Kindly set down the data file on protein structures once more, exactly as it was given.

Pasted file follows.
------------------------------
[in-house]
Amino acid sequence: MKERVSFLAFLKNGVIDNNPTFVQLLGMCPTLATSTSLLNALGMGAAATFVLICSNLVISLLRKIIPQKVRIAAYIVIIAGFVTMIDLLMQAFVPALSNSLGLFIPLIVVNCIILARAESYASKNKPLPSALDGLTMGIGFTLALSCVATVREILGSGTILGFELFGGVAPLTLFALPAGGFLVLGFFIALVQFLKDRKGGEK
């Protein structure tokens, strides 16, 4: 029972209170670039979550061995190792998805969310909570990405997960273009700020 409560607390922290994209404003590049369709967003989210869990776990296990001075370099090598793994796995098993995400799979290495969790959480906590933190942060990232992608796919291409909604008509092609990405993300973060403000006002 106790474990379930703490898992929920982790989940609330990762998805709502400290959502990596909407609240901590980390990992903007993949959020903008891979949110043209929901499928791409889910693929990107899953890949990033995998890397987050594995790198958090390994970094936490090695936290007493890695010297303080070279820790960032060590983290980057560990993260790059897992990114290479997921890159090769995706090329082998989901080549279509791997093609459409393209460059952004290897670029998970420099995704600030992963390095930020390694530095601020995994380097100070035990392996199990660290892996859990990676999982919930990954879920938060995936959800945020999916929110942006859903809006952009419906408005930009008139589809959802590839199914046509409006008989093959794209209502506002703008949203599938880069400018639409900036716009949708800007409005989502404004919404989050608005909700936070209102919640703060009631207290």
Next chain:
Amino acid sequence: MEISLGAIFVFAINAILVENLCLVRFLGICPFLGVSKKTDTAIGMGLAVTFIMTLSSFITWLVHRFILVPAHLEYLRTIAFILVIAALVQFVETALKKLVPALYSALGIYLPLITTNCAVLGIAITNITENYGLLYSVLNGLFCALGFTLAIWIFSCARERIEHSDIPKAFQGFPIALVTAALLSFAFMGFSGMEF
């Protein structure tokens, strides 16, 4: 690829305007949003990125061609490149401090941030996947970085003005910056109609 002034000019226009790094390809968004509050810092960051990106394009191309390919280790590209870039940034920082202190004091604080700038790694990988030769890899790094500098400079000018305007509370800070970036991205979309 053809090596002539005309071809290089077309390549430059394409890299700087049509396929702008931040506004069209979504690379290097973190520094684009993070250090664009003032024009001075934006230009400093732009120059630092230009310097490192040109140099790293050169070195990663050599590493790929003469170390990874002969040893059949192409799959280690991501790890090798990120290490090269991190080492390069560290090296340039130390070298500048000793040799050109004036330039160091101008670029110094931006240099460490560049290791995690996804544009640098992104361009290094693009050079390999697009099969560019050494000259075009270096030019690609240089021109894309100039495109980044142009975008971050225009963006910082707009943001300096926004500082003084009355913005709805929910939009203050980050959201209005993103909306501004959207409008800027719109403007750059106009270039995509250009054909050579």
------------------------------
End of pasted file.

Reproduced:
[in-house]
Amino acid sequence: MKERVSFLAFLKNGVIDNNPTFVQLLGMCPTLATSTSLLNALGMGAAATFVLICSNLVISLLRKIIPQKVRIAAYIVIIAGFVTMIDLLMQAFVPALSNSLGLFIPLIVVNCIILARAESYASKNKPLPSALDGLTMGIGFTLALSCVATVREILGSGTILGFELFGGVAPLTLFALPAGGFLVLGFFIALVQFLKDRKGGEK
């Protein structure tokens, strides 16, 4: 029972209170670039979550061995190792998805969310909570990405997960273009700020 409560607390922290994209404003590049369709967003989210869990776990296990001075370099090598793994796995098993995400799979290495969790959480906590933190942060990232992608796919291409909604008509092609990405993300973060403000006002 106790474990379930703490898992929920982790989940609330990762998805709502400290959502990596909407609240901590980390990992903007993949959020903008891979949110043209929901499928791409889910693929990107899953890949990033995998890397987050594995790198958090390994970094936490090695936290007493890695010297303080070279820790960032060590983290980057560990993260790059897992990114290479997921890159090769995706090329082998989901080549279509791997093609459409393209460059952004290897670029998970420099995704600030992963390095930020390694530095601020995994380097100070035990392996199990660290892996859990990676999982919930990954879920938060995936959800945020999916929110942006859903809006952009419906408005930009008139589809959802590839199914046509409006008989093959794209209502506002703008949203599938880069400018639409900036716009949708800007409005989502404004919404989050608005909700936070209102919640703060009631207290």
Next chain:
Amino acid sequence: MEISLGAIFVFAINAILVENLCLVRFLGICPFLGVSKKTDTAIGMGLAVTFIMTLSSFITWLVHRFILVPAHLEYLRTIAFILVIAALVQFVETALKKLVPALYSALGIYLPLITTNCAVLGIAITNITENYGLLYSVLNGLFCALGFTLAIWIFSCARERIEHSDIPKAFQGFPIALVTAALLSFAFMGFSGMEF
């Protein structure tokens, strides 16, 4: 690829305007949003990125061609490149401090941030996947970085003005910056109609 002034000019226009790094390809968004509050810092960051990106394009191309390919280790590209870039940034920082202190004091604080700038790694990988030769890899790094500098400079000018305007509370800070970036991205979309 053809090596002539005309071809290089077309390549430059394409890299700087049509396929702008931040506004069209979504690379290097973190520094684009993070250090664009003032024009001075934006230009400093732009120059630092230009310097490192040109140099790293050169070195990663050599590493790929003469170390990874002969040893059949192409799959280690991501790890090798990120290490090269991190080492390069560290090296340039130390070298500048000793040799050109004036330039160091101008670029110094931006240099460490560049290791995690996804544009640098992104361009290094693009050079390999697009099969560019050494000259075009270096030019690609240089021109894309100039495109980044142009975008971050225009963006910082707009943001300096926004500082003084009355913005709805929910939009203050980050959201209005993103909306501004959207409008800027719109403007750059106009270039995509250009054909050579």